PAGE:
Celebrated French-Albanian artist Anri Sala created an innovative new installation of sculpture and sound for the 33rd Kaldor Public Art Project, which was developed over three years ahead of its world-premiere in Sydney.
Sala’s project transformed the Observatory Hill Rotunda, a site with expansive views from the most elevated point in the city. Audiences were invited to step beneath a gravity-defying ensemble of custom-built drums, to experience their rhythmic, live response to a contemporary interpretation of Mozart's Clarinet Concerto. Set against the sights and sounds of the harbour below, this musical dialogue animated the relationship between sound, place, time and history.
For Kaldor Public Art Project 32, Wiradjuri/Kamilaroi artist Jonathan Jones presented barrangal dyara (skin and bones), a vast sculptural installation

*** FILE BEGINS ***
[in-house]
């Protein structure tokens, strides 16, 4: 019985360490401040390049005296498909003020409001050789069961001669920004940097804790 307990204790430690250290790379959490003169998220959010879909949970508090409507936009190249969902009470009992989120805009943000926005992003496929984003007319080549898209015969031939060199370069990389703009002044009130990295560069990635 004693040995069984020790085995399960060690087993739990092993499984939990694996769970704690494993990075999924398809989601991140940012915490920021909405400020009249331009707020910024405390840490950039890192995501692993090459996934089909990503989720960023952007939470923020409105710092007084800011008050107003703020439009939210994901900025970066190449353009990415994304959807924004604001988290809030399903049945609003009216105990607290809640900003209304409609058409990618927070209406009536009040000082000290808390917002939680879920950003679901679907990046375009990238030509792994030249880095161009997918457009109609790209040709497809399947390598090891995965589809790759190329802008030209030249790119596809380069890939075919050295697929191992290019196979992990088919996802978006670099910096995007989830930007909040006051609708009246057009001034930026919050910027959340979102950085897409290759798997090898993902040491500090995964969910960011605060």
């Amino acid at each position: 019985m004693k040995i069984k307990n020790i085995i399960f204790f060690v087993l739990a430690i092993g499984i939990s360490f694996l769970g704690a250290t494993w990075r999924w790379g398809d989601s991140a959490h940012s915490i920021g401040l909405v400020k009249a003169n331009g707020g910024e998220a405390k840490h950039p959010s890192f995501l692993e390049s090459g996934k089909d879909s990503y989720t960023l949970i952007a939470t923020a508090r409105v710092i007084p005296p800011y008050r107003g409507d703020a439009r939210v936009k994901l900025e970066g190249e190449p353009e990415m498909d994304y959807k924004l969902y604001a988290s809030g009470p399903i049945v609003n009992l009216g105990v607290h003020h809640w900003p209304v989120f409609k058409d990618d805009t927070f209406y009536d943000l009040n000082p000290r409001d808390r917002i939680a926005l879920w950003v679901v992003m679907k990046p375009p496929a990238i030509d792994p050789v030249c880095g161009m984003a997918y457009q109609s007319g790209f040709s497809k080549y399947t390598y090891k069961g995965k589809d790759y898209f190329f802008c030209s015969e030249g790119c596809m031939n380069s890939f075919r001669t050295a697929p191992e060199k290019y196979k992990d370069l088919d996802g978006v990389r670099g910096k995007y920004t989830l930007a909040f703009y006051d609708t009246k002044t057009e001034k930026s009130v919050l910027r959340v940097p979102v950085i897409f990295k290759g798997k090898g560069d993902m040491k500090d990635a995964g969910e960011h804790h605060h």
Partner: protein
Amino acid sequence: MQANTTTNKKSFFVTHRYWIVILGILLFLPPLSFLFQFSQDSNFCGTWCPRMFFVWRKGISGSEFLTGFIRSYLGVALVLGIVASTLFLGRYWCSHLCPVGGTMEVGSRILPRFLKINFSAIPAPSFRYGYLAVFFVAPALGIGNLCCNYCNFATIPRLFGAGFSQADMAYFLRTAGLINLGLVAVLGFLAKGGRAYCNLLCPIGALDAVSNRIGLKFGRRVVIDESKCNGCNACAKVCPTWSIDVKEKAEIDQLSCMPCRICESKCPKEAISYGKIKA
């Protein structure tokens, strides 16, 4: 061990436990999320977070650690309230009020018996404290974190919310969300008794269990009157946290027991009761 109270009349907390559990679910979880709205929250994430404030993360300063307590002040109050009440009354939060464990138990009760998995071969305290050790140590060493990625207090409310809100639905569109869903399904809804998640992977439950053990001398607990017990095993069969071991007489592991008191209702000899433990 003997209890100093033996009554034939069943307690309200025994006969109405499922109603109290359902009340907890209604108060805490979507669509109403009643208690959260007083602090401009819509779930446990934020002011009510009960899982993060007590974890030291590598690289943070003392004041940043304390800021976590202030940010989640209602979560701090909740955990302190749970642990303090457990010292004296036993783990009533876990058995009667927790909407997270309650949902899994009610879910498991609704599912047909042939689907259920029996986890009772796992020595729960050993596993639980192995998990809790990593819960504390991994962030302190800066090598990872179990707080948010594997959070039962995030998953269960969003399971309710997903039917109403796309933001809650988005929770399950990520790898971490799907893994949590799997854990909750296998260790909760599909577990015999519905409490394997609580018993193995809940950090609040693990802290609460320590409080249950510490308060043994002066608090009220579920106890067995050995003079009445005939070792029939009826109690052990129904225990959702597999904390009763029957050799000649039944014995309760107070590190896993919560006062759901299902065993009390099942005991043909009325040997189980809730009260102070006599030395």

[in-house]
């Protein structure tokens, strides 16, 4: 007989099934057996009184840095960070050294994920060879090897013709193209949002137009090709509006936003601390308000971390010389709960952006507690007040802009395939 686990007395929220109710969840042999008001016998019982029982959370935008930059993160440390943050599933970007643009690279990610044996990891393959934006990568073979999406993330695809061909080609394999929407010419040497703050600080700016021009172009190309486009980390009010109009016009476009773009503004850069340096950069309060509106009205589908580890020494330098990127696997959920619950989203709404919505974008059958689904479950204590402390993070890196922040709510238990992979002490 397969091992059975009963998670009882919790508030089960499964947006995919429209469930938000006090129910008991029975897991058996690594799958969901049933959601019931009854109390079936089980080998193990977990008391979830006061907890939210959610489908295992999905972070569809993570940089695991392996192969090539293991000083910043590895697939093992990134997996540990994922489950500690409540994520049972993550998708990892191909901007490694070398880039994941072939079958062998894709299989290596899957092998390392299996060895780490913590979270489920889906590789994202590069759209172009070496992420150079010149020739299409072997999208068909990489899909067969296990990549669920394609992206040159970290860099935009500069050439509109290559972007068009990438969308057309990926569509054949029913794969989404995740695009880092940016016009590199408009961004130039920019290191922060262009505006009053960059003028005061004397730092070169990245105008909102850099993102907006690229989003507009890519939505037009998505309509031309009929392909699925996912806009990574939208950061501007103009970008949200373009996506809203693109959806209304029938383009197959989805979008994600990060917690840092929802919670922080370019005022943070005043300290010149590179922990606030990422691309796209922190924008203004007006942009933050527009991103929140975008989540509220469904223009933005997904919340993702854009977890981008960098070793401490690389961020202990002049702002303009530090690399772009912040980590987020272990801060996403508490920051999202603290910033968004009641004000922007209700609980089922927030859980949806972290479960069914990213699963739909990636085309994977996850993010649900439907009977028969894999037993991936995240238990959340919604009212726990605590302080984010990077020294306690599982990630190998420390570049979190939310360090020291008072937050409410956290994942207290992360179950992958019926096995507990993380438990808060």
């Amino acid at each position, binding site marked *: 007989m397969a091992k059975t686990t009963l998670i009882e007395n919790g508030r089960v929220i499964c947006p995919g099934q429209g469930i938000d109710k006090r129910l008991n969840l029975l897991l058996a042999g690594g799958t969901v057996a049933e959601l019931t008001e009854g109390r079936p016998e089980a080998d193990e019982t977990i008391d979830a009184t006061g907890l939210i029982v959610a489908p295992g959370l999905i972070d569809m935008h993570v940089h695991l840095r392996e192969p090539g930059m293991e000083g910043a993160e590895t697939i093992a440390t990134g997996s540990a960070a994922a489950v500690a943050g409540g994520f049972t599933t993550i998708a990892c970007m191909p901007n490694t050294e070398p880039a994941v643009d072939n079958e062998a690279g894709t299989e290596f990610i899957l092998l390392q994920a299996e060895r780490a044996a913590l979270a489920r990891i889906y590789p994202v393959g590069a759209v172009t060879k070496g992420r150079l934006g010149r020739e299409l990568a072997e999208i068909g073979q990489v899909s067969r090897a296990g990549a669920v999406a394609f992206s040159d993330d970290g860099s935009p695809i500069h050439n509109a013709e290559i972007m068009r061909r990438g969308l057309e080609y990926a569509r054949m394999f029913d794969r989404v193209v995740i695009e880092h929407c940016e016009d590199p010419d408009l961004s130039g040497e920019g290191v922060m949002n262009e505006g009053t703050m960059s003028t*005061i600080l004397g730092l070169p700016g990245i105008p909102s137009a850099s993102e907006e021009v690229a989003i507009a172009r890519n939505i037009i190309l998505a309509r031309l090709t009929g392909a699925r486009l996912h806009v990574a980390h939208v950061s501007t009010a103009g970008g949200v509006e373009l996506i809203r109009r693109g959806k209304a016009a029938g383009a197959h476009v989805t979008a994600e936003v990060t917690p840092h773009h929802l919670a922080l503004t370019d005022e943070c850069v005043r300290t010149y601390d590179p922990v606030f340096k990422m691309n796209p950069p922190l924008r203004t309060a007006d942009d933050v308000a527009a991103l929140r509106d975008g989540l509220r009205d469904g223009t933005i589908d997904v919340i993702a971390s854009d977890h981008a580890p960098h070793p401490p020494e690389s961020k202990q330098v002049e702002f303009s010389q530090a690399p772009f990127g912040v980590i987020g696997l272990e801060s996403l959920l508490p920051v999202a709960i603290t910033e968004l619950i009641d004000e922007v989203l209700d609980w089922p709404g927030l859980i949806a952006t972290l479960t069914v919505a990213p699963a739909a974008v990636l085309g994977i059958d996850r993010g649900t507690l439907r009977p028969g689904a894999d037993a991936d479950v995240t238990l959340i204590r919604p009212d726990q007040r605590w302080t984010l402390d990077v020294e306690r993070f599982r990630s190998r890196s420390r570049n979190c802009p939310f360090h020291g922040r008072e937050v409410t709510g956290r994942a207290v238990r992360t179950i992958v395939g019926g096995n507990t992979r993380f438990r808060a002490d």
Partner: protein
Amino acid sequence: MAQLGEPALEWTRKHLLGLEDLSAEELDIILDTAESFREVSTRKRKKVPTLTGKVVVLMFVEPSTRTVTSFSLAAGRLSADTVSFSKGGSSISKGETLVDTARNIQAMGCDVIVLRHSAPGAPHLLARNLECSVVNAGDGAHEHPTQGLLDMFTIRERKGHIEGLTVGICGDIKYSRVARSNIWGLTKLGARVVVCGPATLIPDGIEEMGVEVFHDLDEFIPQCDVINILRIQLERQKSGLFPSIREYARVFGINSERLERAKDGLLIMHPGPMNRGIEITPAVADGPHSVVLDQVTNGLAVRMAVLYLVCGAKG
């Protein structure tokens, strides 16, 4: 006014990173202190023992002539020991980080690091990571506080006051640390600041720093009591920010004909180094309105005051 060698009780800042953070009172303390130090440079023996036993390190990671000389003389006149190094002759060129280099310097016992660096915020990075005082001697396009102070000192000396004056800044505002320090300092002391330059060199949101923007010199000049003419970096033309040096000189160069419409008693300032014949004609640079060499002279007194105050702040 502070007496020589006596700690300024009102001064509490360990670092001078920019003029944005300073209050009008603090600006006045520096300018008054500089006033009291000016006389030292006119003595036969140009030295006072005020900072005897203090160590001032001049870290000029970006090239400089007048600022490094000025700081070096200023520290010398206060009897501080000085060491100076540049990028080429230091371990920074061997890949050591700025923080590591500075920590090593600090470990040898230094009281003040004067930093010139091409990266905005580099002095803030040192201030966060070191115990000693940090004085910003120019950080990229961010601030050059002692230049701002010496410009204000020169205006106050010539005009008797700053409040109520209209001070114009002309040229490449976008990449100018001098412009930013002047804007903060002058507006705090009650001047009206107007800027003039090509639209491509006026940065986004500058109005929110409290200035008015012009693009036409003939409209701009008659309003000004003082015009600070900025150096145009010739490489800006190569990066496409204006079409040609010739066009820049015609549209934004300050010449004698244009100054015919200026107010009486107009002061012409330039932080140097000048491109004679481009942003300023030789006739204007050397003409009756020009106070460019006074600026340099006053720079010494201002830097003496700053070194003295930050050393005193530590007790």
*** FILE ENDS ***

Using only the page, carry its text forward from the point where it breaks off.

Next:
stretching across 20,000 square-metres of the Royal Botanic Garden. The project recalled the 19th century Garden Palace building where it once stood
in Sydney’s Royal Botanic Garden, before it devastatingly burnt to the ground along with countless Aboriginal objects collected along the colonial
frontier. The project was Jones’ response to the immense loss felt throughout Australia due to the destruction of these culturally significant items.
It represented an effort to commence a healing process and a celebration of the survival of the world’s oldest living culture despite this traumatic
For 50 years Kaldor Public Art Projects has created groundbreaking projects with international artists in public spaces, changing the landscape of contemporary
art in Australia with projects that resonate around the world.
John Kaldor AO is a dedicated collector, patron and supporter of contemporary art. He has been collecting and commissioning art since the late 1950s and since 1969 has shared his love of art with the Australian public through his series of art projects.